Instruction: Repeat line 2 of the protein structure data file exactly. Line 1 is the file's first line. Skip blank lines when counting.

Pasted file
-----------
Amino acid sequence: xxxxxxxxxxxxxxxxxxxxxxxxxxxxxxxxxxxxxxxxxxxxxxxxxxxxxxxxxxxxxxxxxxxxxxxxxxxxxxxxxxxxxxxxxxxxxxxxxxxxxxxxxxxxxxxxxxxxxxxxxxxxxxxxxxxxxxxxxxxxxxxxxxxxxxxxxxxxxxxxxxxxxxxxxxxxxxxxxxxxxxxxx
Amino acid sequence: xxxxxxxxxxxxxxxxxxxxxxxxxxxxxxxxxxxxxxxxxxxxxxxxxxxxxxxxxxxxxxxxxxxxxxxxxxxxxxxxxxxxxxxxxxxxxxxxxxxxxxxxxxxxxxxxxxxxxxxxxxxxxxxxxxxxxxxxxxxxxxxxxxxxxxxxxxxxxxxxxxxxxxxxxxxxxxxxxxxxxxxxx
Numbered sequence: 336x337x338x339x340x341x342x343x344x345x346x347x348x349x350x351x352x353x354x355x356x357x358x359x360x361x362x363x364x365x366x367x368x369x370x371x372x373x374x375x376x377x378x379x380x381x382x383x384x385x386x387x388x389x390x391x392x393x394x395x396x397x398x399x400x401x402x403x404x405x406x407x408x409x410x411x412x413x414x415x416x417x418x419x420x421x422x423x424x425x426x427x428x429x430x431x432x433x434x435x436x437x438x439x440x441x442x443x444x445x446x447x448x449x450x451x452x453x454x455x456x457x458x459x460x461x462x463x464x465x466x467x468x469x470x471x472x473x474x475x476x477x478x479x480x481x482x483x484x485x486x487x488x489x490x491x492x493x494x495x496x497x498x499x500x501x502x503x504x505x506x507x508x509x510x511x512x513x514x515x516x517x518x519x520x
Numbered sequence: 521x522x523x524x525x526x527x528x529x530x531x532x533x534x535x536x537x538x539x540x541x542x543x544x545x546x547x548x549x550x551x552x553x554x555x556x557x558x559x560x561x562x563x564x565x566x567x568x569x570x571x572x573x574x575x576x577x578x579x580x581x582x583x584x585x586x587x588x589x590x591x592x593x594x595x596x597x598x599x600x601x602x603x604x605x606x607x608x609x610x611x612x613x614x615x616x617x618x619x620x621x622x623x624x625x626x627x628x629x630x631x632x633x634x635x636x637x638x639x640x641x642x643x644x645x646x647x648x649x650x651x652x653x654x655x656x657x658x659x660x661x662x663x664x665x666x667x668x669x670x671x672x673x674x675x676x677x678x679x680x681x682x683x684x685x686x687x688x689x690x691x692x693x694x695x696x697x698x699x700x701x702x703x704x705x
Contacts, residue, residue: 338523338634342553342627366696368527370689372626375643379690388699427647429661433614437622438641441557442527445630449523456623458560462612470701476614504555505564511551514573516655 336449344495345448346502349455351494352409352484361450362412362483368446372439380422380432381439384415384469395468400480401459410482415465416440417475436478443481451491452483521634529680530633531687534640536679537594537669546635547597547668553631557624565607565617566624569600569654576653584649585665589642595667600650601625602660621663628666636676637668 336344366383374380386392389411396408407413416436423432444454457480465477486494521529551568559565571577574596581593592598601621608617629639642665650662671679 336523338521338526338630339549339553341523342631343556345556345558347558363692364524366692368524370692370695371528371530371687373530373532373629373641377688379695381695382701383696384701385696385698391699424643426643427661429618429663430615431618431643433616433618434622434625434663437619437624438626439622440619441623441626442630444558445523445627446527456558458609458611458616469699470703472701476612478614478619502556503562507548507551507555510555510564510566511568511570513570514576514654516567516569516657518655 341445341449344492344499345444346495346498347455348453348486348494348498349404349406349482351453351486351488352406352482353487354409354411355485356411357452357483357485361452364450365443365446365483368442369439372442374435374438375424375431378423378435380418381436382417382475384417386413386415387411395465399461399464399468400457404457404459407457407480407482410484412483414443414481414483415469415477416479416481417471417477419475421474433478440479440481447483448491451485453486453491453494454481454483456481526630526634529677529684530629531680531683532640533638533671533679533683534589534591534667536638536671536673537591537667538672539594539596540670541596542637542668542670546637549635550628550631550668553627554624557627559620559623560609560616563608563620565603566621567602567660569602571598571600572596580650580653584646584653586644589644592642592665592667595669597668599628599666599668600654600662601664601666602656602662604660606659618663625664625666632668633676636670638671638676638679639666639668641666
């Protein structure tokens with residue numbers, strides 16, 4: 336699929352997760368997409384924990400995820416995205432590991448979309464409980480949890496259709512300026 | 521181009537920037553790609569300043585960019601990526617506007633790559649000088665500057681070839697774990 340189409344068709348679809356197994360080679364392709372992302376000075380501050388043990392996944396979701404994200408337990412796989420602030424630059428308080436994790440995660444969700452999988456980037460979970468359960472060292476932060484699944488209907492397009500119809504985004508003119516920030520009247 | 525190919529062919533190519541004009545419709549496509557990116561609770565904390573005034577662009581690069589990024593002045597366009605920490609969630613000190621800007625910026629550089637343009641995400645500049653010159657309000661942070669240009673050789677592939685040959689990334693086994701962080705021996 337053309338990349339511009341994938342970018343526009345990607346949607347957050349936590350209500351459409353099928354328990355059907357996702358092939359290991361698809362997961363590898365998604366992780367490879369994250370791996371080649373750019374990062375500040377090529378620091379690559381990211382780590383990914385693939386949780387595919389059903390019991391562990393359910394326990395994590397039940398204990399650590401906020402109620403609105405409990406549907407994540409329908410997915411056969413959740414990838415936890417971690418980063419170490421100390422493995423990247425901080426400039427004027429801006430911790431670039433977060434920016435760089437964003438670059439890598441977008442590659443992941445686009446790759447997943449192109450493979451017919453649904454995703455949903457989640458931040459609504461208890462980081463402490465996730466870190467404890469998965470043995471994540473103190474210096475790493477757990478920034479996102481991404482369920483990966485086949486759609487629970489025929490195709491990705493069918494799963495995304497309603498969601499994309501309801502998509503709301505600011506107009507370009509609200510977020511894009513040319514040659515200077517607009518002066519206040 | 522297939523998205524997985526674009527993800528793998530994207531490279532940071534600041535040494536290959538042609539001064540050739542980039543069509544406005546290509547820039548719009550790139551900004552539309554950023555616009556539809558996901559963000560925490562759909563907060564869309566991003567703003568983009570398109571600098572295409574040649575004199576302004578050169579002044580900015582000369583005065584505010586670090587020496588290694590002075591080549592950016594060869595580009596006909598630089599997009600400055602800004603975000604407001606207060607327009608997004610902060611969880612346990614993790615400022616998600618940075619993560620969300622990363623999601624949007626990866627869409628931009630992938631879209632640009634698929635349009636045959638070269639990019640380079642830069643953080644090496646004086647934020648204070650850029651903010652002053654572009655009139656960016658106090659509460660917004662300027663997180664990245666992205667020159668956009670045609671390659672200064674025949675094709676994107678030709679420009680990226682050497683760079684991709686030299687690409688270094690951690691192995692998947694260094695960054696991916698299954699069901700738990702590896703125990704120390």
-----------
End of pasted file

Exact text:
Amino acid sequence: xxxxxxxxxxxxxxxxxxxxxxxxxxxxxxxxxxxxxxxxxxxxxxxxxxxxxxxxxxxxxxxxxxxxxxxxxxxxxxxxxxxxxxxxxxxxxxxxxxxxxxxxxxxxxxxxxxxxxxxxxxxxxxxxxxxxxxxxxxxxxxxxxxxxxxxxxxxxxxxxxxxxxxxxxxxxxxxxxxxxxxxxx